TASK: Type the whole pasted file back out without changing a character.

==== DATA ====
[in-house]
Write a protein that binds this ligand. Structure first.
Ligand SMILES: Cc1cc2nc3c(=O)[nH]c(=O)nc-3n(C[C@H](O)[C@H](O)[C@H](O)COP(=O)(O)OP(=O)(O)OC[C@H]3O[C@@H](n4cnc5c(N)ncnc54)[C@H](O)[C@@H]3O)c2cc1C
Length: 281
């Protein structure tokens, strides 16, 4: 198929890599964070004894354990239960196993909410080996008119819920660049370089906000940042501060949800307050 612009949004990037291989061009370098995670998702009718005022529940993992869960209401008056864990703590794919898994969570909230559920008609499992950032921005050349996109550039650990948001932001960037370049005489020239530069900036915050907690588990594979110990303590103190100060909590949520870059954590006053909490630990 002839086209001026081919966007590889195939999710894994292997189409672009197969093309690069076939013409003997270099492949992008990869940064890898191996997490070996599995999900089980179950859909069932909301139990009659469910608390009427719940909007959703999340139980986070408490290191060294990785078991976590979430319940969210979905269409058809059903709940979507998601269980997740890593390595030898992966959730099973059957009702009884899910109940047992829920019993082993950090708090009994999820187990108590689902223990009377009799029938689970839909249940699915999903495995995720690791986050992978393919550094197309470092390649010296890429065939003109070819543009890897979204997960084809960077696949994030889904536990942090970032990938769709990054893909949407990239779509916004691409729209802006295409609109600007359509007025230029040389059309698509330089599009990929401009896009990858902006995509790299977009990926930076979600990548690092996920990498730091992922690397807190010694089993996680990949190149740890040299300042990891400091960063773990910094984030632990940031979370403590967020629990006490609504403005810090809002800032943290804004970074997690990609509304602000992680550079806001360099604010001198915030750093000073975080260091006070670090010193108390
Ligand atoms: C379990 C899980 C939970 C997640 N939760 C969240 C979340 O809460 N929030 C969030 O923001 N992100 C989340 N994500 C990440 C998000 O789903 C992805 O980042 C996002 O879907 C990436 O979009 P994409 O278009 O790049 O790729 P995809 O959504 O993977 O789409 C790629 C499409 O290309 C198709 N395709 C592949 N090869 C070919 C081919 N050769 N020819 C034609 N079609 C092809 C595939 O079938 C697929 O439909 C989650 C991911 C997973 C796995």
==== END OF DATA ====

[in-house]
Write a protein that binds this ligand. Structure first.
Ligand SMILES: Cc1cc2nc3c(=O)[nH]c(=O)nc-3n(C[C@H](O)[C@H](O)[C@H](O)COP(=O)(O)OP(=O)(O)OC[C@H]3O[C@@H](n4cnc5c(N)ncnc54)[C@H](O)[C@@H]3O)c2cc1C
Length: 281
């Protein structure tokens, strides 16, 4: 198929890599964070004894354990239960196993909410080996008119819920660049370089906000940042501060949800307050 612009949004990037291989061009370098995670998702009718005022529940993992869960209401008056864990703590794919898994969570909230559920008609499992950032921005050349996109550039650990948001932001960037370049005489020239530069900036915050907690588990594979110990303590103190100060909590949520870059954590006053909490630990 002839086209001026081919966007590889195939999710894994292997189409672009197969093309690069076939013409003997270099492949992008990869940064890898191996997490070996599995999900089980179950859909069932909301139990009659469910608390009427719940909007959703999340139980986070408490290191060294990785078991976590979430319940969210979905269409058809059903709940979507998601269980997740890593390595030898992966959730099973059957009702009884899910109940047992829920019993082993950090708090009994999820187990108590689902223990009377009799029938689970839909249940699915999903495995995720690791986050992978393919550094197309470092390649010296890429065939003109070819543009890897979204997960084809960077696949994030889904536990942090970032990938769709990054893909949407990239779509916004691409729209802006295409609109600007359509007025230029040389059309698509330089599009990929401009896009990858902006995509790299977009990926930076979600990548690092996920990498730091992922690397807190010694089993996680990949190149740890040299300042990891400091960063773990910094984030632990940031979370403590967020629990006490609504403005810090809002800032943290804004970074997690990609509304602000992680550079806001360099604010001198915030750093000073975080260091006070670090010193108390
Ligand atoms: C379990 C899980 C939970 C997640 N939760 C969240 C979340 O809460 N929030 C969030 O923001 N992100 C989340 N994500 C990440 C998000 O789903 C992805 O980042 C996002 O879907 C990436 O979009 P994409 O278009 O790049 O790729 P995809 O959504 O993977 O789409 C790629 C499409 O290309 C198709 N395709 C592949 N090869 C070919 C081919 N050769 N020819 C034609 N079609 C092809 C595939 O079938 C697929 O439909 C989650 C991911 C997973 C796995």